Behind the scenes, there are numerous changes taking place in the brokerage industry. We’ve written about brokers ability to adapt to lower gross margins, how they are building core-related service businesses, automating internal processes and using technologies like Zoom to communicate more frequently with their agents and staff. Each of these are indicators of the brokerage industry changing with the times.
What we also notice is that many of the new entrants into real estate are lower-cost brokerage models. They too are purporting to offer services and technology, at a lower cost than traditional brokerages, to their agents. It’s also apparent that they’re adding core-related services, such as mortgage and title insurance, to boost returns from each transaction. They are appealing to both lower productivity real estate agents and some very high production agents.
Now we see investment capital not only flowing to the traditional brokerage industry but these lower-cost models as well. Firms such as eXp Realty, Fathom Realty, HomeSmart and United Real Estate are attracting significant capital from external sources to grow their networks, as well.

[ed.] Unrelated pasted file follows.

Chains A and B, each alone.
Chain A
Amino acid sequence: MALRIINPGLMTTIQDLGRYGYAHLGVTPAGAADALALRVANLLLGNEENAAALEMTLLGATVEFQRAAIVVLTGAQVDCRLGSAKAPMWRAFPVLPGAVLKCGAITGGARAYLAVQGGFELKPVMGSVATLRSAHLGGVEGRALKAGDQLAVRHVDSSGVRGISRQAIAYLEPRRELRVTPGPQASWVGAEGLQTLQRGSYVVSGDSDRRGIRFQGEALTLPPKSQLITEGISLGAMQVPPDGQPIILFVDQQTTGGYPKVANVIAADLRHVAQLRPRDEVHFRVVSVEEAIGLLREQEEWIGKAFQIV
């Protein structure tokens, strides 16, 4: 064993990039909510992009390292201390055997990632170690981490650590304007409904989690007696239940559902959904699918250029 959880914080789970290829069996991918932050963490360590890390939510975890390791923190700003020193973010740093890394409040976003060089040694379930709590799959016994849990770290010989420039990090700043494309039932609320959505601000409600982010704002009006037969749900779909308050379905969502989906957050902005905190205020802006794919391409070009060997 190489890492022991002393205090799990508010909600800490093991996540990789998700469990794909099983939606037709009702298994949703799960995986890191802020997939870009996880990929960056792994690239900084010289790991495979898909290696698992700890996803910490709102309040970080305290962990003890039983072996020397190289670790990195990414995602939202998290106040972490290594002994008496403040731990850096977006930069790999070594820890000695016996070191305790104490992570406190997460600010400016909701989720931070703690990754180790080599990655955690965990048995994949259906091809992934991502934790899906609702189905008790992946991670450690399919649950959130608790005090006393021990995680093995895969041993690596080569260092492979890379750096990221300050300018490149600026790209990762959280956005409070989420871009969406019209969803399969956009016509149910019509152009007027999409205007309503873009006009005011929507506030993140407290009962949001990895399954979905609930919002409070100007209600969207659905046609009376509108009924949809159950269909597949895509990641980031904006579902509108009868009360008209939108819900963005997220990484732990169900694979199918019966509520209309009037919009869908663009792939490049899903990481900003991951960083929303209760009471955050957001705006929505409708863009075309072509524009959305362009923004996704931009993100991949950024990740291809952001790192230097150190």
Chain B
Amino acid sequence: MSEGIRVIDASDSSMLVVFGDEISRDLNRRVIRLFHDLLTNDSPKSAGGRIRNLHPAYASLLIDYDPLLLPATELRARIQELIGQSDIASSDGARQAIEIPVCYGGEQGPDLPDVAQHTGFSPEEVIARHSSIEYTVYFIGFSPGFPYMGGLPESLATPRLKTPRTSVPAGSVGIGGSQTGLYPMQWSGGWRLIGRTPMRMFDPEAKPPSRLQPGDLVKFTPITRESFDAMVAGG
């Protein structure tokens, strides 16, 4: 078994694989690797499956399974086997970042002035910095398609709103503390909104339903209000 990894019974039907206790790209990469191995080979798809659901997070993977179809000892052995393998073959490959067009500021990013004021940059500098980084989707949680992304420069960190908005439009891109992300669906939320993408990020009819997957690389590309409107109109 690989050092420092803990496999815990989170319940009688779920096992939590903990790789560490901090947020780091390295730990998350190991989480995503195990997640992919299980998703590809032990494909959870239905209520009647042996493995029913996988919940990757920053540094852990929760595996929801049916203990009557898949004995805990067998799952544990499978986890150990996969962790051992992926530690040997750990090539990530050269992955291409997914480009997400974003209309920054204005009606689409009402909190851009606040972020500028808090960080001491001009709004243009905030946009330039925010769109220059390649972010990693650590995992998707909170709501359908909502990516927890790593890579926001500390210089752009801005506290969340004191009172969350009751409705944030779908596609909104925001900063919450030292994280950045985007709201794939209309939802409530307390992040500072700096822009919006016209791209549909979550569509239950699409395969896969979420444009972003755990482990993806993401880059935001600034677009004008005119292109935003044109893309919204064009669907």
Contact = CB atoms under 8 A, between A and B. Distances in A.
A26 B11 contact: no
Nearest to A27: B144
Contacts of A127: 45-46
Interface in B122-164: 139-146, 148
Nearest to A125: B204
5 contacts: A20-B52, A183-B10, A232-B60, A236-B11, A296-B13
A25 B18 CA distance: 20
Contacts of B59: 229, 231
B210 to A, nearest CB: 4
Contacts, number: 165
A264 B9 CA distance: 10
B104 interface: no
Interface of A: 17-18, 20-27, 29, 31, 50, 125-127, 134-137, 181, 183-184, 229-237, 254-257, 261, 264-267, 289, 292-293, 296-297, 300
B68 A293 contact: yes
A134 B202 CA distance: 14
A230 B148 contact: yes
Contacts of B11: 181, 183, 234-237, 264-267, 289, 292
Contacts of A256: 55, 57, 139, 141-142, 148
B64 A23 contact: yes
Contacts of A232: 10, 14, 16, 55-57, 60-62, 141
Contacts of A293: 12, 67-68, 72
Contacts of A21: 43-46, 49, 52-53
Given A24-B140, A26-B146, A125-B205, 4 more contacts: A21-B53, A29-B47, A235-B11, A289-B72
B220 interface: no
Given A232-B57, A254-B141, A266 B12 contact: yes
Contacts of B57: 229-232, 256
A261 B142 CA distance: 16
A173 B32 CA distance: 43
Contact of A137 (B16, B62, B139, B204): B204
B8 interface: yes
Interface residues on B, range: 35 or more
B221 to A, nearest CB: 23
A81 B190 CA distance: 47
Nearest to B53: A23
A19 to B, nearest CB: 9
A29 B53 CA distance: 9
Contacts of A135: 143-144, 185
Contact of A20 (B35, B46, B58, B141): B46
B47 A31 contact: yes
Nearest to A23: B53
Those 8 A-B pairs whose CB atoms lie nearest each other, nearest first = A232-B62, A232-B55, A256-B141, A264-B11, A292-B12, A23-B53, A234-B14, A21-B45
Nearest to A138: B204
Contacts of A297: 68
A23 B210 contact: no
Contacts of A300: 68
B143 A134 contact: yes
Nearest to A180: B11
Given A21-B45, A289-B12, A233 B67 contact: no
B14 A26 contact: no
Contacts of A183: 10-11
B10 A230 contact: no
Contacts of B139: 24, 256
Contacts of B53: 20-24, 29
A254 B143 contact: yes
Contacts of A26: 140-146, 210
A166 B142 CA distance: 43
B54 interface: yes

As we reported nearly 15 years ago in a special white paper for the National Association of Realtors, ultimately the industry would move from one of homogeneity to one of segmentation. There will be brokerage models for every kind of agent and team imaginable. And, those choices extend to those who want to own and operate a brokerage firm.
Behind the scenes, we see leading brokerage companies of all models adapting to this environment. Brokers are relying more on low-cost solutions to all of the services they provide to their agents and teams. Critically, a well-known national or local brand name seems to still carry importance to top teams as we learned in a research study a few years ago.
Brokerage firms will have to pick the specialization or market niche in which they choose to compete. At the top of the most important attributes of any brokerage company is the establishment and preservation of a culture that fits them and appeals to the agents and teams looking for the kind of environment they offer. Regardless of the economic model, a broker-owner considers they must first remember that the culture is what will ultimately matter to their future success.